These are what we call the 'YMMV items.' Things that some people find in this work. We call them 'your mileage might vary' because not everyone sees these things in the same way. This starts discussions in the trope lists, a thing we don't want. Please use the discussion page if you'd like to discuss any of these items.
Complete Monster: LionelStarkweather from the first game is a rich man who creates Snuff Films for his own pleasure and profit. Using his fortune to acquire convicted death-row inmate James Earl Cash, Starkweather sets him loose in an urban jungle while hunted by gang members and corrupt law enforcement. Starkweather constantly ups the stakes by putting others in danger and even has Cash's innocent family kidnapped to face almost certain death ( they all end up dying). Starkweather's prize fighter is an insane, naked man wearing a pig's head named Piggsy who has clearly lost his mind through what Starkweather has put him through. Starkweather's voice dogs the player throughout as the depraved millionaire positively revels in the horror and brutality he creates.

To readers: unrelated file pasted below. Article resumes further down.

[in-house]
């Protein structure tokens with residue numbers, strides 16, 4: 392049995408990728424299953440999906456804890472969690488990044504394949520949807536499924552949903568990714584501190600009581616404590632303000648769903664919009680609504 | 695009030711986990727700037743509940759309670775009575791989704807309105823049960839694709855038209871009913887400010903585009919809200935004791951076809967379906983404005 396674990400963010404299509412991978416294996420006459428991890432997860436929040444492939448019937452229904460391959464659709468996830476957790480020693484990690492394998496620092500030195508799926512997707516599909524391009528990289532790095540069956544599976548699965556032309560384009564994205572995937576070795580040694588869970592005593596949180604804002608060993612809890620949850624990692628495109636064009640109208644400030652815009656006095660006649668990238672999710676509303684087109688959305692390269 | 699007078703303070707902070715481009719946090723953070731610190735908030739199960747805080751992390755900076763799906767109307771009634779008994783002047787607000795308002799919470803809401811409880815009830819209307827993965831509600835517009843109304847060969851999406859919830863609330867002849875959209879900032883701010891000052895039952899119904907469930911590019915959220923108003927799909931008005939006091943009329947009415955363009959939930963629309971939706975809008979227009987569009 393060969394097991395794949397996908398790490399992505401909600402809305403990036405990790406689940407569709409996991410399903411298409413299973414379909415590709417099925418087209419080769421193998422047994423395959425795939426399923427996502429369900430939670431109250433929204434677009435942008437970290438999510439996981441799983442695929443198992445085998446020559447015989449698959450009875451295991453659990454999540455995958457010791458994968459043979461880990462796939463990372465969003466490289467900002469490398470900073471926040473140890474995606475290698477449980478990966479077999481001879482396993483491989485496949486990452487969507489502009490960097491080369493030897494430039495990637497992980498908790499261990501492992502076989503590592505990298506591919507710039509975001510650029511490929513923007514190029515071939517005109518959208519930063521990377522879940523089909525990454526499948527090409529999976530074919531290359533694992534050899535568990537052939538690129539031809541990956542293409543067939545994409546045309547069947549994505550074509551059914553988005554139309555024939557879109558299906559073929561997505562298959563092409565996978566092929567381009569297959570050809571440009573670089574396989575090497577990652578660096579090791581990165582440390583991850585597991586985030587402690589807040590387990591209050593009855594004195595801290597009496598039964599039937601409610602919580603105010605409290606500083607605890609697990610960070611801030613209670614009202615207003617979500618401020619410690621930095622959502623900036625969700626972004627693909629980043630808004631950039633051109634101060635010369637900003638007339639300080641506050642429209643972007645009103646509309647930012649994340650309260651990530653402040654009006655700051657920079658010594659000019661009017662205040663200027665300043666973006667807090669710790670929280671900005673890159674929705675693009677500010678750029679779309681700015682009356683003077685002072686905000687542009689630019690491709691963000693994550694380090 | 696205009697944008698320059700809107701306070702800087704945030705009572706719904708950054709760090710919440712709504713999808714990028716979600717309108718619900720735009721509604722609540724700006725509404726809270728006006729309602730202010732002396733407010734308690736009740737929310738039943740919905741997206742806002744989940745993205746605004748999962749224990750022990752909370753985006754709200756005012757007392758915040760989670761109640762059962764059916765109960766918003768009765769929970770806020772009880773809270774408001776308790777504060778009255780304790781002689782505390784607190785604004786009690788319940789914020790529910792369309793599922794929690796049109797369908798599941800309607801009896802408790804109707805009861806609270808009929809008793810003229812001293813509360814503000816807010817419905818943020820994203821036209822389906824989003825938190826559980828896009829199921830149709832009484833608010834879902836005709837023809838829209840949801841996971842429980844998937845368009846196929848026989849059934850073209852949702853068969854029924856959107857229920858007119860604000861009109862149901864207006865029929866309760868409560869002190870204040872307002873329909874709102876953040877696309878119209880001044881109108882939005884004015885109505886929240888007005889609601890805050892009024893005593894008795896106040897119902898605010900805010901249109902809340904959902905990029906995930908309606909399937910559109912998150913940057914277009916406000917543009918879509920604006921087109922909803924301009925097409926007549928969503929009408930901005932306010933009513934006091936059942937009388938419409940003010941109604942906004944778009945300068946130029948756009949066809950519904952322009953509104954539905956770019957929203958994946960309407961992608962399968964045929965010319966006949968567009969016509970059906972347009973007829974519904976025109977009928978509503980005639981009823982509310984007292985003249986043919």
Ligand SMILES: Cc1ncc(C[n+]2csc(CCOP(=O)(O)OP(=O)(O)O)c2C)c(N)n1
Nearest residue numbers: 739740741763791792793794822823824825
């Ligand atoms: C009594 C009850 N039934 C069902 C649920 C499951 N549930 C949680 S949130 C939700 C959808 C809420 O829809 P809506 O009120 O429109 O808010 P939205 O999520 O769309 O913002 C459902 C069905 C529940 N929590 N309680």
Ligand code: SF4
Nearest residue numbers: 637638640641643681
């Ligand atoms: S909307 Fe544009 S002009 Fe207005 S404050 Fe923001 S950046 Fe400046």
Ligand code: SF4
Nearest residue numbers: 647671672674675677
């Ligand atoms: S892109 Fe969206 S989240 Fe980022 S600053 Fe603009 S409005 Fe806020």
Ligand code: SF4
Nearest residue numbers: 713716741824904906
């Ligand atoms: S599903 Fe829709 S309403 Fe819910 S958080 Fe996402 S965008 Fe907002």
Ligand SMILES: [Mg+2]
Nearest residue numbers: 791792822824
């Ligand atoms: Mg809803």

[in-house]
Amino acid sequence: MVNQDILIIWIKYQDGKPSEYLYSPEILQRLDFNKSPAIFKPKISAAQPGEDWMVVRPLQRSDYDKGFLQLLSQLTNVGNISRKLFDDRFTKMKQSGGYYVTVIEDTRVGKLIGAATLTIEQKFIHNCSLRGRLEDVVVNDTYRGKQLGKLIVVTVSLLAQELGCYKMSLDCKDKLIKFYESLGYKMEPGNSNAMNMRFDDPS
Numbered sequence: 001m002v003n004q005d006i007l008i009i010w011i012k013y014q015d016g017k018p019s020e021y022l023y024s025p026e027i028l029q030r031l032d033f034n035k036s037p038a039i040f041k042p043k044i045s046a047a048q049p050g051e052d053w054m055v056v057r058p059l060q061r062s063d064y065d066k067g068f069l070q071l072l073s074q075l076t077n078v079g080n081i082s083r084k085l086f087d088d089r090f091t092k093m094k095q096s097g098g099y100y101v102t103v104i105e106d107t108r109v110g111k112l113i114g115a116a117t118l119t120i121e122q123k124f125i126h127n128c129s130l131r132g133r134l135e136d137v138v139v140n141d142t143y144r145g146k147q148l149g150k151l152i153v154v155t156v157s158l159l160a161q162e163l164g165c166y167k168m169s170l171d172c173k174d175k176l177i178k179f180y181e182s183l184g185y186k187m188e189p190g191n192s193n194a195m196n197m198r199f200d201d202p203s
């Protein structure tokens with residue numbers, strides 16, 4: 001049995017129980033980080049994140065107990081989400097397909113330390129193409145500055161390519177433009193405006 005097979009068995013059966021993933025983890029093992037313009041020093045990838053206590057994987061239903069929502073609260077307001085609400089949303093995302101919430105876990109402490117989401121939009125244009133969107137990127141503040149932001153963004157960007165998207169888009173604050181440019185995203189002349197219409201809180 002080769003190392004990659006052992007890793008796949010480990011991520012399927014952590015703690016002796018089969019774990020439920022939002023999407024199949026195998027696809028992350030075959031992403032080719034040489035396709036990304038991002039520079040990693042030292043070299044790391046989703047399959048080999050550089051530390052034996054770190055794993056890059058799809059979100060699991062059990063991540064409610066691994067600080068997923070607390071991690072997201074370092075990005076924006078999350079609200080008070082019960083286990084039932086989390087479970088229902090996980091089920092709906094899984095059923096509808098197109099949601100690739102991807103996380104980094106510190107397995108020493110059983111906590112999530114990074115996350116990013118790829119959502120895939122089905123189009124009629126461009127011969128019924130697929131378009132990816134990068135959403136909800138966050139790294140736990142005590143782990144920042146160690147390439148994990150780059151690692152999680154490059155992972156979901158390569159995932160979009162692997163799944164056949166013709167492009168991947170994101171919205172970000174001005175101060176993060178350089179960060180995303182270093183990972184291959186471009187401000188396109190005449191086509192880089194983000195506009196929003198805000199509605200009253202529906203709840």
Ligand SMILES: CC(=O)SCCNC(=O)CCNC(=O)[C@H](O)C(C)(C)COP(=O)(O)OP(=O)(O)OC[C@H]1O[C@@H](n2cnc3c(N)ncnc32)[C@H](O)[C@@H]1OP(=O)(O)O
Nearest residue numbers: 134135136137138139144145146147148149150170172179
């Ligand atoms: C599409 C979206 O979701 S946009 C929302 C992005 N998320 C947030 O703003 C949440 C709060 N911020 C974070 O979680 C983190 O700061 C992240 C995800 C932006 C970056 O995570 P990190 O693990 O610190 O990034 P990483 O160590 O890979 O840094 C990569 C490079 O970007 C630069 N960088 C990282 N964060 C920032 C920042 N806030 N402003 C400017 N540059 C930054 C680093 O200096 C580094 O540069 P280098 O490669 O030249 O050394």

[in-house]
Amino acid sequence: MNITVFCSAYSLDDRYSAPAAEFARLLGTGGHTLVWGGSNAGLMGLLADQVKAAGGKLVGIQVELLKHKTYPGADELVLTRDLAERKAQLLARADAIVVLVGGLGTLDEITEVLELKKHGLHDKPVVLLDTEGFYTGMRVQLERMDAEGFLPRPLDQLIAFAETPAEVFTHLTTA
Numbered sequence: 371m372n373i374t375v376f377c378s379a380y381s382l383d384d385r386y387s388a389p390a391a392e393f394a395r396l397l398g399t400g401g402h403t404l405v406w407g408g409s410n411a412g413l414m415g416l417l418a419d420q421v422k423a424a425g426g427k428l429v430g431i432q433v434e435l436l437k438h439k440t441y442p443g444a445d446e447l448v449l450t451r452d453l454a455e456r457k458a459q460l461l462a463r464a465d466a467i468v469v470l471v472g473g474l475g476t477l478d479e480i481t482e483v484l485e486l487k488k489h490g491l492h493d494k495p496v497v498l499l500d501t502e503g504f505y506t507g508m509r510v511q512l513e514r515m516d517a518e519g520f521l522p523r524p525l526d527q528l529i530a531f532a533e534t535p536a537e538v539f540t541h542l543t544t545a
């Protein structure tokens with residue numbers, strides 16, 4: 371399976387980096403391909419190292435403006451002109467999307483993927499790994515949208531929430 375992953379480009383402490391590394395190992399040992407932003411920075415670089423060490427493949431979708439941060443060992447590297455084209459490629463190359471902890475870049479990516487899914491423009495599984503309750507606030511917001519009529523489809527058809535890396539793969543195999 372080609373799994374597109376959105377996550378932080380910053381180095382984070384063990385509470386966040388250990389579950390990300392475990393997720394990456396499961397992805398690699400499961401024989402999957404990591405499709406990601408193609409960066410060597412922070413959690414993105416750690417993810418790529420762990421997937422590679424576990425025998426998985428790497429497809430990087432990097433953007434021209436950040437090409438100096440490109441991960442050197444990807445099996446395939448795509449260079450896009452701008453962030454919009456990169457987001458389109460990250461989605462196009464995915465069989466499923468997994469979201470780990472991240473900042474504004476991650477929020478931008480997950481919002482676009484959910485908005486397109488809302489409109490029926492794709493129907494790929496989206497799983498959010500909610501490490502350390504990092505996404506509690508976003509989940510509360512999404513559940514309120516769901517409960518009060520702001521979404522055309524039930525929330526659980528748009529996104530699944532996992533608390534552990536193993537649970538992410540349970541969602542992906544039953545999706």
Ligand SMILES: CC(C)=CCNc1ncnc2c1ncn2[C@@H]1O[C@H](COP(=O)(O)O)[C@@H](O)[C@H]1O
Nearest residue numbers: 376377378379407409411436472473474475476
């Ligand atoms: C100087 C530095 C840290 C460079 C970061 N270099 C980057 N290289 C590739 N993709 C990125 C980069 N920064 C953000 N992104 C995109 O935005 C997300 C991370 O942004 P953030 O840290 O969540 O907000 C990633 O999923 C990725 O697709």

Disappointing Last Level: The last few levels of the first game mostly abandon the stealth elements and executions in favor of gunplay. A large chunk of the second game falls prey to this as well.
Fridge Brilliance: A game in which a sick guy sitting in front of a computer screen in a darkened room encourages the player character to violently kill people for his own pleasure - an incredibly brilliant postmodern satire on violent video games?
Hell Is That Noise: For both the player and the antagonists. The sounds of roving groups of hunters taunting you in the distance can get incredibly nerve-wracking, but it's imaginably far worse for them to see their buddy investigate that weird noise from inside that abandoned building over there and simply never come back out. Also the OST, which was released on CD, is both creepy and well-composed horror synth in the vein of slasher soundtracks from the 80's.
Overshadowed By Controversy: Both games had gathered mixed reviews, damning the gore but praising the atmosphere. Yet politicians bring this up as an example of a "murder simulator", and one murder incident led to a public outcry in Britain, which normally never censors a game, and shops there were hesitant to sell the game until it was proven the game wasn't to blame and the perpetrator never played itnote the victim in fact owns a copy.
Paranoia Fuel: If you wore a headset while you played, noise that you made into the headset caused noise in the game. This literally allowed you to call over badguys to kill them, but the inverse was also true: if you were hiding in the game, the player had to physically be quiet.
Rated M for Money: "Blood and Gore, Intense Violence, Strong Language, Strong Sexual Content, Use of Drugs." These are the content descriptors for the second game. The first game only had the first three.